From the Docs


The month of June and part of July were filled with lesbian, gay, bisexual and transgender (LGBT) Pride celebrations. The Los Angeles County Sheriff’s Department participated in the celebration and released the LASD Pride badge. The symbolism of this hits pretty deep for those in the LGBT community and their LASD brothers and sisters. It sends a message of acceptance and embrace for the LASD LGBT community and those they serve. These types of actions offer hope, courage and strength to overcome potential adversities.

Coming out of the closet is a challenging process and a unique journey for those closely involved in it, including close family and friends. The first step for a person is to recognize and understand their sexual identity. Once that hurdle is achieved (sometimes it’s a lifelong process), then there’s a journey of managing and accommodating beliefs (e.g., religious) and relationships, sometimes losing connections with family, friends, co-workers, etc. It is not uncommon for the fear of losing these relationships to impact the complex decision whether to disclose one’s sexual orientation and/or gender identification. It is this and other factors that may have a negative effect on emotional well-being and increased risk for mental illness, substance abuse and potentially suicide. This is in part why explicit and intentional symbolism of acceptance with something as seemingly small as a LGBT Pride badge is so important. Somebody who is struggling in silence may experience hope and a message of, “You belong, and we are here for you!” LASD personnel may also have relatives who are LGBT, and to a certain degree, are also charged with the burden of having to come out of the closet. Those messages will empower them in their journey of self-acceptance and disclosure. This is the strength in the ethos of being part of a law enforcement family: to take care of each other and protect each other’s vulnerability. We need to continue to make strides in being leaders for LASD’s LGBT brothers and sisters, and provide an environment that promotes authenticity.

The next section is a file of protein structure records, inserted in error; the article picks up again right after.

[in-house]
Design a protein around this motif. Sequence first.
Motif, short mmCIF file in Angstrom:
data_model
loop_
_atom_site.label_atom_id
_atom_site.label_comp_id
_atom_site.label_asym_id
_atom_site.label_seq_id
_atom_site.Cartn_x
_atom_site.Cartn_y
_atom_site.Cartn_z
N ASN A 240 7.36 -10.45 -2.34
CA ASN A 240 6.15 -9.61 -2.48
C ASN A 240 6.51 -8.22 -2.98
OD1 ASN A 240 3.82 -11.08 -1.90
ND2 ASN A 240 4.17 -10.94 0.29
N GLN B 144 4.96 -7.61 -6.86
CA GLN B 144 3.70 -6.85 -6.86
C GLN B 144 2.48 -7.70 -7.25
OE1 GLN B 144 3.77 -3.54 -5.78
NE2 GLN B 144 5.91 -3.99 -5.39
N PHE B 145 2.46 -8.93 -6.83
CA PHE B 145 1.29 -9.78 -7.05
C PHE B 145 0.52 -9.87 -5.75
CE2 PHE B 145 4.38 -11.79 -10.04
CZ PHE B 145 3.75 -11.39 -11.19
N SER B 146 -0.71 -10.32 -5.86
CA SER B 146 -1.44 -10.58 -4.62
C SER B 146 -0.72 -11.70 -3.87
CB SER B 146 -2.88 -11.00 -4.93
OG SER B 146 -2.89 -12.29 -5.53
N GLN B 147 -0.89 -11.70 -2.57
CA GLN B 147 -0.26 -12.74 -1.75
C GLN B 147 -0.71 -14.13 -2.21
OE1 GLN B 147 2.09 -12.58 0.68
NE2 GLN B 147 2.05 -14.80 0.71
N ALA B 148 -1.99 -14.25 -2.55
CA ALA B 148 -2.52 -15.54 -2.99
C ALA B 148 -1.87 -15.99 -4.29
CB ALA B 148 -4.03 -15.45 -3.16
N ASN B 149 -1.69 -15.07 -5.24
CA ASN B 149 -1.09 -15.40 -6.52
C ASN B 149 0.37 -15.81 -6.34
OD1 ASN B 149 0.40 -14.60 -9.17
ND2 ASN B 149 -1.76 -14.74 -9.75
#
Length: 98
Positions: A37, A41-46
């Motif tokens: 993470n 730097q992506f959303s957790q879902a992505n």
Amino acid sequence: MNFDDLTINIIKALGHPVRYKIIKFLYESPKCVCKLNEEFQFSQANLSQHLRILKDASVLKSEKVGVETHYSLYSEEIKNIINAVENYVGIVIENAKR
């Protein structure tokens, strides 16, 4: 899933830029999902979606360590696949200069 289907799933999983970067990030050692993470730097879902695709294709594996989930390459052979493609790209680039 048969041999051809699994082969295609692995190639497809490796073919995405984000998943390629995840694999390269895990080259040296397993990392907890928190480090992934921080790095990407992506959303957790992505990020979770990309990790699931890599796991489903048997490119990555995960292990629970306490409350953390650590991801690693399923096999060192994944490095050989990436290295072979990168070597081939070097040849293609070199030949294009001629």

There are simple things that we can do to offer an environment that sends the message of acceptance to those who belong to the LGBT community. We have to be intentional and explicit in sending the message that our LGBT family is safe and embraced. We can place LGBT–related material, signs and symbols around the workplace (such as posting the Pride badge, for example). Avoid making assumptions of sexual orientation (i.e., “Do you have a girlfriend/boyfriend?”). Instead, use a gender-neutral approach, such as, “Are you dating? Do you have a spouse?” Have the courage to speak up against homophobic statements. Thank you, LASD, for standing up with your LGBT family/community.

If you are experiencing difficulty and need support, we are here for you. To schedule a consultation or to make a confidential appointment, call us at (213) 738-3500. To obtain additional information, you may visit our intranet site at http://intranet/intranet/ESS/Index.htm